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Summer Plans Part 3: Contracts and Checklists

This is the final installment of our summer planning series.  We’ve already talked about dreaming big to ensure that our summer meets our goals, and we’ve made lists of all the necessary activities.  Now we need to make all that practical.

I used to write out a contract for each child.

  • First I’d list the dreams that the child was committed to spend time on, and that I was committed to support.  (For example, as much as I approve of going to Europe, I will not help make it happen this summer.)
  • Then we’d discuss the details of the necessary activities (how, when, what, how much), and list what we’d agreed upon. The children would always remind me that they didn’t need work but more free time…and of course they’d be right.
  • Occasionally we’d even have some timed ‘deliverables’ as in business.
  • Finally we’d sign and date it, and that would be our contract for the summer.

This year each of the children was doing more important things when I was working on the contracts:

  • Mr. 16 was finalizing and documenting his predictions of CPU developments by 2020.
  • Miss 13 picked more than a gallon of strawberries and then settled down to enjoy The Count of Monte Cristo.
  • Miss 11 and Miss 8 were busy with friends.  They occupied the sand pile, the pool, the trampoline, the chess board, the craft table.  The four of them even took over the kitchen to make a massive lunch of crepes.  (They were yummy despite having been mixed—literally—by hand.  Well-washed hands, but still….)
  • And poor Miss 18 staggered in after having been sick in the dairy barn.

So instead of a contract, I made a check-list for each person’s necessary tasks and left lots of space to record the dreams he or she work on each week.

These check-lists are fairly simple, but I’ll include a sample since I love seeing other people’s lists.   We store the check-lists with the dream lists.

In the above list, this particular child needs to be reminded to read the Bible daily.  There will be a short time spent on each of the three instruments.  This child needs to focus on stretching and aerobic exercise, but not on strength-building.  We’ll spend some time reviewing French vocabulary as a family, and I’ll read aloud from a series of Dutch story books.  We’ll spend about 10 minutes a day on math.  This child, like the others, keeps an ongoing reading list.  However, if too much reading is going on, we’ll ensure that the skills and projects boxes, both related to the dream lists, get ticked off.  And there’s space to write down each week’s accomplished dreams as well.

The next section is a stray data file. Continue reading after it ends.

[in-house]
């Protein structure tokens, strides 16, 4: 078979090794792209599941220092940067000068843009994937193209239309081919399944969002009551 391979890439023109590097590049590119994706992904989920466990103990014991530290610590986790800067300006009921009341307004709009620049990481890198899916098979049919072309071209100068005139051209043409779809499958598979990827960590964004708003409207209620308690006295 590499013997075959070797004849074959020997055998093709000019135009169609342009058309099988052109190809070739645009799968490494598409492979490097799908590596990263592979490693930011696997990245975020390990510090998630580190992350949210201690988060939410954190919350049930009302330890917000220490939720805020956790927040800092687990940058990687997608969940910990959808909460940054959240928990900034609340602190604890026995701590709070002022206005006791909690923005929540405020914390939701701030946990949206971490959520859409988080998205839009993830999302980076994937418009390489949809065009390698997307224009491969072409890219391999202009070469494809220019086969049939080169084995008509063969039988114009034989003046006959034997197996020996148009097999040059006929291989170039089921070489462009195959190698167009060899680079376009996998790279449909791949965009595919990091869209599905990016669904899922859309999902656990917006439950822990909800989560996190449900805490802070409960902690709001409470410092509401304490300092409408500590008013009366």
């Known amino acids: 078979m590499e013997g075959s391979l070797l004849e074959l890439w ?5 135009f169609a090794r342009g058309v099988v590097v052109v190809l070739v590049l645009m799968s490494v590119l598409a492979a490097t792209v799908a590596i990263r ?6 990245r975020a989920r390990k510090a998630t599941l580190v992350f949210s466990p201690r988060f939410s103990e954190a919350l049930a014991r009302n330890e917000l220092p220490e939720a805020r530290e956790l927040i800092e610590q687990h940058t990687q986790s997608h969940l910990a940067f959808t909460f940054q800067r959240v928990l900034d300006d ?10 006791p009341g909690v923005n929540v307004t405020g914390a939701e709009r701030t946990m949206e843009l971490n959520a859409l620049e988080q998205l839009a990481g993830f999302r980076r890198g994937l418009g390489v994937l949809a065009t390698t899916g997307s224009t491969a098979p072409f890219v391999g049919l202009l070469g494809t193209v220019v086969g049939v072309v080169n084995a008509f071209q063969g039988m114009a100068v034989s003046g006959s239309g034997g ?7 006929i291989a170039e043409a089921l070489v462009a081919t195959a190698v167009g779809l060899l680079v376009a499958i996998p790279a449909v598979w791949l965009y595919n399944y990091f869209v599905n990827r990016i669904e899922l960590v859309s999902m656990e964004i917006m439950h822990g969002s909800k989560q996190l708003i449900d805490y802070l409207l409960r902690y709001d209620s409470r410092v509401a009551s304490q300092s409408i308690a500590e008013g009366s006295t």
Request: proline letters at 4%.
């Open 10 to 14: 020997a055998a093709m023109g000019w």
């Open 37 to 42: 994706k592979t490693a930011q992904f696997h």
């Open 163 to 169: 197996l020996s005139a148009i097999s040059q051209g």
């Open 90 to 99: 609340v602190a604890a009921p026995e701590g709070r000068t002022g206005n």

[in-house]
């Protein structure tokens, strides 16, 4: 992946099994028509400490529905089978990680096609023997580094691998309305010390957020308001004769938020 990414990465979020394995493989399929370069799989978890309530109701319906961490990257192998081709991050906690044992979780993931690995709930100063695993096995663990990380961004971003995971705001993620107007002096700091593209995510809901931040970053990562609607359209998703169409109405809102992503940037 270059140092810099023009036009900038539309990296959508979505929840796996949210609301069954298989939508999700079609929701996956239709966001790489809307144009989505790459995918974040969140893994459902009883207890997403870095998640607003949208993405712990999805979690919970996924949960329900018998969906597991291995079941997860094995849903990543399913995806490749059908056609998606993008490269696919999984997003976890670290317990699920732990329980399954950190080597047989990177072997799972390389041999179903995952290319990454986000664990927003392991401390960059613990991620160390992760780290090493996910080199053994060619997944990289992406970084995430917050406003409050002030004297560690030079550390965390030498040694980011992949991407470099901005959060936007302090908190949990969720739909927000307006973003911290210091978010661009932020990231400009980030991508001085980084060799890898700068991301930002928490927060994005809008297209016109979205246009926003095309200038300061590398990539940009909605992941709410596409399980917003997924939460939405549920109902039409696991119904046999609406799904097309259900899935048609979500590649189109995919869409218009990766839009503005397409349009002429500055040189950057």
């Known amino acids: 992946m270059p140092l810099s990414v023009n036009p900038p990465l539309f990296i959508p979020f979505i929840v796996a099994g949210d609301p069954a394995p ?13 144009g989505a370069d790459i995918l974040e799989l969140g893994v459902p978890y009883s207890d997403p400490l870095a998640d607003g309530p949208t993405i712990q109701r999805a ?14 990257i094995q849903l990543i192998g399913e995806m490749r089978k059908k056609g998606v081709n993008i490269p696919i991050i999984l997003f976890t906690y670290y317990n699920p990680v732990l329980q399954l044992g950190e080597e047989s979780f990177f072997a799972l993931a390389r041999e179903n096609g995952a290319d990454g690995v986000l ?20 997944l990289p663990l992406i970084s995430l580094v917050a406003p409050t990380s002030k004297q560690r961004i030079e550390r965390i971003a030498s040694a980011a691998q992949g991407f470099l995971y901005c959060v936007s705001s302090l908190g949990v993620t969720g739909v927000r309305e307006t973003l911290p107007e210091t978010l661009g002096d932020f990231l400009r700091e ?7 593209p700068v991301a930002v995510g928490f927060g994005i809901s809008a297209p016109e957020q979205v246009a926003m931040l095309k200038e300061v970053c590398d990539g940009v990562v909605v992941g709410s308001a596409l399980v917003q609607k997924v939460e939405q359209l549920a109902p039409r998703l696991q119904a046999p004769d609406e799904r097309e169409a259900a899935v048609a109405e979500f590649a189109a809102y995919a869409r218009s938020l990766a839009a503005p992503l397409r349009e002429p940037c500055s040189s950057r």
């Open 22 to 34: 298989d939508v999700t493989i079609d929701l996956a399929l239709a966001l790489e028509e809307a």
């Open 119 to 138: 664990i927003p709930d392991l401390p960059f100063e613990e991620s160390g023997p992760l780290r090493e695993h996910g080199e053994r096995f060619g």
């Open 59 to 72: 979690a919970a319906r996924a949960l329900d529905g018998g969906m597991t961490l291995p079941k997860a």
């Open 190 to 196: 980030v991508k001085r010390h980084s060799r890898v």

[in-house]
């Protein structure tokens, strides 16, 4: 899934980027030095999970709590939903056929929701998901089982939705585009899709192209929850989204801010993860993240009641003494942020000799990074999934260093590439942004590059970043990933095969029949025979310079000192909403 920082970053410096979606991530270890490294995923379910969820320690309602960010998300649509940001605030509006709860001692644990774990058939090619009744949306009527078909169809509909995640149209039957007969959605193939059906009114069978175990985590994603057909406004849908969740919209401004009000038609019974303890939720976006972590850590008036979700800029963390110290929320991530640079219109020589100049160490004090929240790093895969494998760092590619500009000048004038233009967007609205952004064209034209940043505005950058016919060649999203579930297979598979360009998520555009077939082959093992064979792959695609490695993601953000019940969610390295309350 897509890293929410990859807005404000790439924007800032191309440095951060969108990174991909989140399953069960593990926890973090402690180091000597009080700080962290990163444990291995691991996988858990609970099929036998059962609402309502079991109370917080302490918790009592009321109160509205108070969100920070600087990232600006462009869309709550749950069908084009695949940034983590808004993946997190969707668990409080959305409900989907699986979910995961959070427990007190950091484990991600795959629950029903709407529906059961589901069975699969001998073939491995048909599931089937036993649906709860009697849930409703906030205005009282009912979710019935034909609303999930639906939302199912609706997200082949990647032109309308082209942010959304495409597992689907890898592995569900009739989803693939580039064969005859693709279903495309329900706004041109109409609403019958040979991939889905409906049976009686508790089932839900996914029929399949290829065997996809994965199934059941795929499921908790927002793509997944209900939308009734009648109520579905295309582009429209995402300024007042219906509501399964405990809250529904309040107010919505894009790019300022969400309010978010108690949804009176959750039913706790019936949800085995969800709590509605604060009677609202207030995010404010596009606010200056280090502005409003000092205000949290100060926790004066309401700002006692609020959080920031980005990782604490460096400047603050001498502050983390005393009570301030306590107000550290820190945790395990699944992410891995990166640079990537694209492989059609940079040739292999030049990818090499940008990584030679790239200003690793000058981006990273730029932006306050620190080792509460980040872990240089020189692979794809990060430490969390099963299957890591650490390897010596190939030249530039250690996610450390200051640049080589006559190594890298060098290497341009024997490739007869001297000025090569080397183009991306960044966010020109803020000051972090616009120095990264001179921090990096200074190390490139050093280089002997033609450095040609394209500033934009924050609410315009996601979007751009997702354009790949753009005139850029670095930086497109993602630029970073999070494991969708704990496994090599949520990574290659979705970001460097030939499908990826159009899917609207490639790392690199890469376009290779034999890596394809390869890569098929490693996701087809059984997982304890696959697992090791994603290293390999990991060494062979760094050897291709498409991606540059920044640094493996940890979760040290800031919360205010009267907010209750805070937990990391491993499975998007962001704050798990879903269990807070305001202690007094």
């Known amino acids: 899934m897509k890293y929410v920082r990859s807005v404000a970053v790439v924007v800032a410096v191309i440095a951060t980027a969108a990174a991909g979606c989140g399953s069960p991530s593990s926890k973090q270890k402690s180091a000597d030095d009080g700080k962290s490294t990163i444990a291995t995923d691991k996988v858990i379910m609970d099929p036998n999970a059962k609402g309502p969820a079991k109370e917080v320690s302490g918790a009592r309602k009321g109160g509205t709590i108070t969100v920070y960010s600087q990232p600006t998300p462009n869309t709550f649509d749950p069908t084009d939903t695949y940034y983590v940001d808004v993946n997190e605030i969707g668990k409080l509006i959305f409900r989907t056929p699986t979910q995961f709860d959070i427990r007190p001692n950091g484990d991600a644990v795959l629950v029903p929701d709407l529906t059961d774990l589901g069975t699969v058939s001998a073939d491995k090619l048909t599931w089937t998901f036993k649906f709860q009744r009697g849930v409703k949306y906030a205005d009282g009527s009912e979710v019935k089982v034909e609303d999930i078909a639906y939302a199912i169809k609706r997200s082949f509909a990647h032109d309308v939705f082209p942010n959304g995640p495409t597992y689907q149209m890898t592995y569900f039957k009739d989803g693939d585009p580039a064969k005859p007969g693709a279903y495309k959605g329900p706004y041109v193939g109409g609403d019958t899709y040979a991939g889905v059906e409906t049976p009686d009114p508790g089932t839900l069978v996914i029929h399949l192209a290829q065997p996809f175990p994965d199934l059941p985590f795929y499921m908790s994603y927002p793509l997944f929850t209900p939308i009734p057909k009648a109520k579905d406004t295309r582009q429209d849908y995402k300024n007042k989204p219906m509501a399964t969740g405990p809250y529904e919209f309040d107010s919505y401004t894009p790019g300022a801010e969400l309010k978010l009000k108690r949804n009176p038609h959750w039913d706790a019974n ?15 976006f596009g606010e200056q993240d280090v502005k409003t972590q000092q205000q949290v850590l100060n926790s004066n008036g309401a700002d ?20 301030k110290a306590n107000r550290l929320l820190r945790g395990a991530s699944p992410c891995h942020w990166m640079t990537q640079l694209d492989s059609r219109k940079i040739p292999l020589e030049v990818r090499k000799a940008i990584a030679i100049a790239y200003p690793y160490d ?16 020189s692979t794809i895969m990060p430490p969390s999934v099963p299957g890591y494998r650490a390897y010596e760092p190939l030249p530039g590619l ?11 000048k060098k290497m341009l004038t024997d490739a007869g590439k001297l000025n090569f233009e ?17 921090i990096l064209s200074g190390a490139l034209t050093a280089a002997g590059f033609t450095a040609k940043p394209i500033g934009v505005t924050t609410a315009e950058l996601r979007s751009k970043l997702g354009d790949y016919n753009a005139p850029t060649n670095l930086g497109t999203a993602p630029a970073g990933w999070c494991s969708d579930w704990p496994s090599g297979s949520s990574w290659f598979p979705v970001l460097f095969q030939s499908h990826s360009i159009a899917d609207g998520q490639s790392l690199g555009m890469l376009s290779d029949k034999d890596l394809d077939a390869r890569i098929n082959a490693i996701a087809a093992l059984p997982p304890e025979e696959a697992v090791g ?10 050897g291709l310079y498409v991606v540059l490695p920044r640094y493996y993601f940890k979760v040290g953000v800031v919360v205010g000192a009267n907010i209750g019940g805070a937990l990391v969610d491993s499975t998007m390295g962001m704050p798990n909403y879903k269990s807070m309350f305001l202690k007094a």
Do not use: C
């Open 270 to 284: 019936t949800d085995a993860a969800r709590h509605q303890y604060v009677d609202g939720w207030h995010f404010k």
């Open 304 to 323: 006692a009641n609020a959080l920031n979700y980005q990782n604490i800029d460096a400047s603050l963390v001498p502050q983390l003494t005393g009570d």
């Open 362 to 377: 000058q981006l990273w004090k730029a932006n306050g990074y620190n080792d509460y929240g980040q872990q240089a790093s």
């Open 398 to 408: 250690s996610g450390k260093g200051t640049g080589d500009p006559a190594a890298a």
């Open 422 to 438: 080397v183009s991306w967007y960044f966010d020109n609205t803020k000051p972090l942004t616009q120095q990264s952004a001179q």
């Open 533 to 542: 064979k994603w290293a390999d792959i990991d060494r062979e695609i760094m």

Since I did discuss and negotiate with the children, I viewed this combination of dream list and check-list as a contract, like we’d used in previous years.  Some of the children, however, are not happy with their check-list since it feels too much like schoolwork. I’m not yet sure what will happen.  I want the summer to be full of free time, and if having a checklist makes it feel like the school-year instead, well, we have a serious problem.  We may end up with our traditional summer contracts after all.

Of course, I need daily reminders as much as my children do, and perhaps even more!  So I have a checklist as well.  It includes reminders to do the special activities from the children’s dream lists.  I also need to supervise the children’s lists, and keep up with my own home-making, gardening, exercise, school prep, vacation prep, and music projects.

With our checklists in place, we can be as flexible as we want. However, we do have  a structure to ensure that we use our precious summer time thoughtfully and thankfully rather than waste it.


  1. What a great idea. I have trouble getting things done in the summer that need to be done. It seems like piano practice and other things get pushed aside when we stop our official schooling for summer break. I think I’ll try this. Thanks for the idea!

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